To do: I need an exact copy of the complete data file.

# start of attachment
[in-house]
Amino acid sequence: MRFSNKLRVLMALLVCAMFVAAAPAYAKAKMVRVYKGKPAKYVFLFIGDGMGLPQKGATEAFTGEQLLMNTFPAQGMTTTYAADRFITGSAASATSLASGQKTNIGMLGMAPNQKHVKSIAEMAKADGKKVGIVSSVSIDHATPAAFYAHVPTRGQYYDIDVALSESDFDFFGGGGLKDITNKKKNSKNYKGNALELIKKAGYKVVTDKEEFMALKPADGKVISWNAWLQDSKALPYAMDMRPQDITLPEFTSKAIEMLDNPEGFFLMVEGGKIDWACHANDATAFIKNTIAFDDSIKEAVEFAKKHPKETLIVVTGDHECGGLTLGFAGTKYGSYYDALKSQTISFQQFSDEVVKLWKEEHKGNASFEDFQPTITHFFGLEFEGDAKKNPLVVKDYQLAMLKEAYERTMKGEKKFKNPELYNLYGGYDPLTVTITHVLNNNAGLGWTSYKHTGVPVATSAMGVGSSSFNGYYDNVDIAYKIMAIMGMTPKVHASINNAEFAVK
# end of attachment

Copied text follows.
[in-house]
Amino acid sequence: MRFSNKLRVLMALLVCAMFVAAAPAYAKAKMVRVYKGKPAKYVFLFIGDGMGLPQKGATEAFTGEQLLMNTFPAQGMTTTYAADRFITGSAASATSLASGQKTNIGMLGMAPNQKHVKSIAEMAKADGKKVGIVSSVSIDHATPAAFYAHVPTRGQYYDIDVALSESDFDFFGGGGLKDITNKKKNSKNYKGNALELIKKAGYKVVTDKEEFMALKPADGKVISWNAWLQDSKALPYAMDMRPQDITLPEFTSKAIEMLDNPEGFFLMVEGGKIDWACHANDATAFIKNTIAFDDSIKEAVEFAKKHPKETLIVVTGDHECGGLTLGFAGTKYGSYYDALKSQTISFQQFSDEVVKLWKEEHKGNASFEDFQPTITHFFGLEFEGDAKKNPLVVKDYQLAMLKEAYERTMKGEKKFKNPELYNLYGGYDPLTVTITHVLNNNAGLGWTSYKHTGVPVATSAMGVGSSSFNGYYDNVDIAYKIMAIMGMTPKVHASINNAEFAVK